Nel dicembre 2015 il Consiglio di Sicurezza aveva supportato la creazione di un nuovo governo Libico con sede a Tripoli. Ma, nonostante il sostegno a livello internazionale, l’amministrazione di Al Sarraj ha dovuto confrontarsi per il controllo del paese con i due governi rivali, a Tripoli e Tobruk, e, soprattutto, con le centinaia di milizie locali. L’Italia, durante le discussioni su un possibile intervento nei primi mesi del governo Al Sarraj, ha dato estrema importanza alla rischiosa frammentazione politica Libica. In un primo momento la condizione posta dall’Italia per un eventuale azione è stata la presenza di un governo di unità nazionale in Libia in grado di approvare, congiuntamente con il Consiglio di Sicurezza, l’eventuale intervento Italiano. Tali considerazioni sottolineano le lezioni imparate dai passati interventi in Medio Oriente e la voglia in Italia di seguire la legge internazionale, muovendosi con il supporto internazionale e locale.

Successivamente, la decisione di Al Sarraj a luglio di non chiedere il supporto di truppe estere contro l’IS indica nuove possibilità diplomatiche tra il Nord Africa e l’Occidente. L’IS non ha la capacità di impadronirsi di una zona estesa in Libia e, al momento, un intervento sarebbe precoce. Inoltre, a differenza di quanto precedentemente deciso ed attuato in Iraq e Siria, la consapevolezza che l’IS non possa essere sconfitto senza un forte e legittimo governo locale ha guidato le decisioni Italiane. L’interesse mostrato dall’Italia verso le scelte del governo locale è un importante precedente per le future scelte politiche e militari, in quanto si è posta attenzione alla ricostruzione e alle scelte del governo, presupposto per la creazione di una stabilità interna.

Iraq debate differentiates between legality and morality

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Under article 2(4) of the UN Charter, states have to refrain from the use of force against other territorial states unless one of three qualifications has been met. In the case of state consent, self defense or approval by the UN Security Council, forceful actions can be taken legally by states. The recently published Chilcot report cast new light on the legality of the UK invasion of Iraq in 2003, allowing for new debate on the contraposition between the morality and the legality of forceful interventions.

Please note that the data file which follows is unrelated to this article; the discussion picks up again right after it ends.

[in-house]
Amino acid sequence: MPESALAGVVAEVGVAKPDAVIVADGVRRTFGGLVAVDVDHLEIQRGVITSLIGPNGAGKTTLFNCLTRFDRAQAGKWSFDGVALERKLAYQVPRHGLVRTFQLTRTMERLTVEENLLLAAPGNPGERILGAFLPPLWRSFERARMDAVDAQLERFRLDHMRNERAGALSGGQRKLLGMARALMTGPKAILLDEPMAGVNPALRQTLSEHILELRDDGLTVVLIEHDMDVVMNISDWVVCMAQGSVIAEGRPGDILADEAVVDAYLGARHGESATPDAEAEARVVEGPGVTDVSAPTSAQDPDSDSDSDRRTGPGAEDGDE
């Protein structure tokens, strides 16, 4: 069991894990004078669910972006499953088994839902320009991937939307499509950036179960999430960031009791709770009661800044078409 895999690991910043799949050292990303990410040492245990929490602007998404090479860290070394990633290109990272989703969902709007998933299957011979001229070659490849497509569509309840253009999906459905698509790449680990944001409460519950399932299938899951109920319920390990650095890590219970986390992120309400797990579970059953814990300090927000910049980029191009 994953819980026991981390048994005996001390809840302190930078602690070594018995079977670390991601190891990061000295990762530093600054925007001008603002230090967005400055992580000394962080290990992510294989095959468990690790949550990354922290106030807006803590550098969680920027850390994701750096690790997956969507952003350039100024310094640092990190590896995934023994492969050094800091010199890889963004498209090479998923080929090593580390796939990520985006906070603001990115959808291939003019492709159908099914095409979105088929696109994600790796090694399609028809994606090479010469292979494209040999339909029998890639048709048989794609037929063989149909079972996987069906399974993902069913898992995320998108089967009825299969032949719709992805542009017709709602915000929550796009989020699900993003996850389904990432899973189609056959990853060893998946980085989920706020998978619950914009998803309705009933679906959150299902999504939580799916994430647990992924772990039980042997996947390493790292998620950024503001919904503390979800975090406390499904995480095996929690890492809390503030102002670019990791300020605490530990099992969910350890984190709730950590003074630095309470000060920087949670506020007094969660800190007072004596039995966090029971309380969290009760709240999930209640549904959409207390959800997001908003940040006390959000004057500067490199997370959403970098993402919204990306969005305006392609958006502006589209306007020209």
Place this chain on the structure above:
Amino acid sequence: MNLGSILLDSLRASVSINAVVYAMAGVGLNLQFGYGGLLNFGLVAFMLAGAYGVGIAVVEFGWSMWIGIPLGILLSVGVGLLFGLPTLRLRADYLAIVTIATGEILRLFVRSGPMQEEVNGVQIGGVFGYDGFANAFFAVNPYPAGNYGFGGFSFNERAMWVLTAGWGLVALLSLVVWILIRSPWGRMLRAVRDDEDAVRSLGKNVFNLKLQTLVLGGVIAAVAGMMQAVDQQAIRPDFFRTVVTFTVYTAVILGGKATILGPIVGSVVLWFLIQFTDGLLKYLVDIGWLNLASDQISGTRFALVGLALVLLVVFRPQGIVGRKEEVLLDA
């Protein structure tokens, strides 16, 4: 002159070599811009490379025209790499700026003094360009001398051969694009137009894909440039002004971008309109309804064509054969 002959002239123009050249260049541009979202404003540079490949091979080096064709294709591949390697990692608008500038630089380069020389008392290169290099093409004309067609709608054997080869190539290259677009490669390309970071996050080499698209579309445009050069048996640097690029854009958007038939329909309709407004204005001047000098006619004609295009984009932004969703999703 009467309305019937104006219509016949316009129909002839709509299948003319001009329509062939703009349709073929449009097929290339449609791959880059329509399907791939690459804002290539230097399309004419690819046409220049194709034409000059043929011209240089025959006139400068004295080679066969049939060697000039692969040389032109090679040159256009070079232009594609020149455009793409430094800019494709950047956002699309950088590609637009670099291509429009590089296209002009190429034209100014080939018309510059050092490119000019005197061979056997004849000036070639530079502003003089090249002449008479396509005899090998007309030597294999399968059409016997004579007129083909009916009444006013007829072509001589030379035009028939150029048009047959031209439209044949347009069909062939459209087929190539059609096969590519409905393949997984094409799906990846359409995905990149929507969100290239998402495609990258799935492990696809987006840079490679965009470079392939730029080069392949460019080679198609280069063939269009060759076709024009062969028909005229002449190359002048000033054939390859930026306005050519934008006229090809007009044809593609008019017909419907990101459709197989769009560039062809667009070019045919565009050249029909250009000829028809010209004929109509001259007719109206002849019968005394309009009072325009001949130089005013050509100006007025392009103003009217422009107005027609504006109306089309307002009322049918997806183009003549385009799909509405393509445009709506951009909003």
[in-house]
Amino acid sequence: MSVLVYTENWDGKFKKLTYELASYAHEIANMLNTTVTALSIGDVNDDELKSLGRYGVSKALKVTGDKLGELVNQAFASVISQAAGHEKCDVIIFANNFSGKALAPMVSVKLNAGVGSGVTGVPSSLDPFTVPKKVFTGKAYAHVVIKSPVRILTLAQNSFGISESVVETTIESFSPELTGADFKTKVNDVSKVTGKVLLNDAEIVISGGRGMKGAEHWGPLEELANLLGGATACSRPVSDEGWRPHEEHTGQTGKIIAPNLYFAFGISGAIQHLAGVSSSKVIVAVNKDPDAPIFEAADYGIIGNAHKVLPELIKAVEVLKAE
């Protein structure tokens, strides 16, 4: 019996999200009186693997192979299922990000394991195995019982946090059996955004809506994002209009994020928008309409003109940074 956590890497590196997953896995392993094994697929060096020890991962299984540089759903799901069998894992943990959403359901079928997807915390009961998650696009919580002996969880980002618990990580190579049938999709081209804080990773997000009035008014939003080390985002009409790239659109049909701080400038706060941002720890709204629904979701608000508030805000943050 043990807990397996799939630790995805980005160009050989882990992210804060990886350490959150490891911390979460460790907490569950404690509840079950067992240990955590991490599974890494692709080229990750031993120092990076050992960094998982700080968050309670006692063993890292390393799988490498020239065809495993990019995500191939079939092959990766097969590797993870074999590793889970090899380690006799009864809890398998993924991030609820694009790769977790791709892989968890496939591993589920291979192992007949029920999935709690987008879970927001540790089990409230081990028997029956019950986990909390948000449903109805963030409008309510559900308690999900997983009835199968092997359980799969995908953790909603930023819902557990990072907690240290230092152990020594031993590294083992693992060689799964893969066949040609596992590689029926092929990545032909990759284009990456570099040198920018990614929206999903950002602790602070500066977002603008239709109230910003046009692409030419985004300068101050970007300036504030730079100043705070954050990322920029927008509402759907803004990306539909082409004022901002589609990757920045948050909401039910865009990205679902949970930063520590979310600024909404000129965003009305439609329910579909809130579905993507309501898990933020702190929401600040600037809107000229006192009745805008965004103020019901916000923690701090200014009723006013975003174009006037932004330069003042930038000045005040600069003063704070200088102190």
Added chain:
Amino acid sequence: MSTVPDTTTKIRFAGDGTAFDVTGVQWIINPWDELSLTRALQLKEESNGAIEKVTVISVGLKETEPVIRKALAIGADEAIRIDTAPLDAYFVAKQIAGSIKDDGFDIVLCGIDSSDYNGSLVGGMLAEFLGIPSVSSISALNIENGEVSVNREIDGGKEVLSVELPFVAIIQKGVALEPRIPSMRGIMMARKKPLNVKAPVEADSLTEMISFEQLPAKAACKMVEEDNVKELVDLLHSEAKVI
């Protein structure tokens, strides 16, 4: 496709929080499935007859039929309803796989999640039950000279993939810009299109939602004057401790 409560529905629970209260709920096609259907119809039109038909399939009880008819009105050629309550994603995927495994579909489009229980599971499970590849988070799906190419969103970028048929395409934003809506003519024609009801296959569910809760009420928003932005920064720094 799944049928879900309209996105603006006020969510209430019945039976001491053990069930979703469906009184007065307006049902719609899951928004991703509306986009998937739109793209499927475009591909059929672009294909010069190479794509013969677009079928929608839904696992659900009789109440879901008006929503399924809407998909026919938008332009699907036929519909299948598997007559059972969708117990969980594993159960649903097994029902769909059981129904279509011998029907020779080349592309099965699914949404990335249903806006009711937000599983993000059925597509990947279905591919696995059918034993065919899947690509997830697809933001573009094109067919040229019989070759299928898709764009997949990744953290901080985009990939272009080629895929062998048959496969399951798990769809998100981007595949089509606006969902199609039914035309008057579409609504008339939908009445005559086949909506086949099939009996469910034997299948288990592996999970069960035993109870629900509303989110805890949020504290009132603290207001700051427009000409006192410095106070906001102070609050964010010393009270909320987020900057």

Since the NATO intervention in Kosovo, international lawyers have had to deal with a new question: can an intervention be illegal but justified? In the case of Iraq, the UNSC resolution 1441 did not automatically allow the use of force. The intervention was justified on the basis of a report on the existence and proliferation of weapons of mass destruction, which had been previously banned through UN-imposed sanctions on Iraq. However, the Chilcot report highlighted how the majority of the Security Council was “not persuaded that the inspection process had reached the end of the road”. Additionally, it reported clearly that intelligence had not been established beyond doubt that Saddam Hussein continued to produce chemical and biological weapons or that efforts to develop nuclear weapons persisted.

The Chilcot inquiry stated that the “choice to intervene was made before exploring peaceful option, and military action was not of last resort”. Overall, it is clear that according to the UN Charter, the British intervention in Iraq was illegal, but was it morally justified? Such question cannot be answered simply in legal terms, but involves broader consideration of policy and decision making. Despite this, too much focus is usually posed on the “crisis idea”, concentrating on the moment when intervention is necessary rather than the run up to it. Different decisions could have been made before 2003 by the international community to peacefully resolve the situation in Iraq. The current pattern of humanitarian intervention by external powers is configuring more and more to a strategy of regime change. This brings back questions of imperialism and neocolonialism which fuel unilateral action by Western powers.

Beginning an invasion based on mistaken information and with no post-invasion plan, the UK initiated a conflict whose effects are still strongly perceived in the region. Unilateral action of this type not only threatens the authority and stability of the Security Council, but it also opens the door to a world in which the West has the ultimate decision on the legitimacy of foreign regimes and governments. While, as the Chilcot inquiry underlined, only an international tribunal will be in the position to fully assess the legality of the Iraq war, its analysis brings back old ghosts and future fears.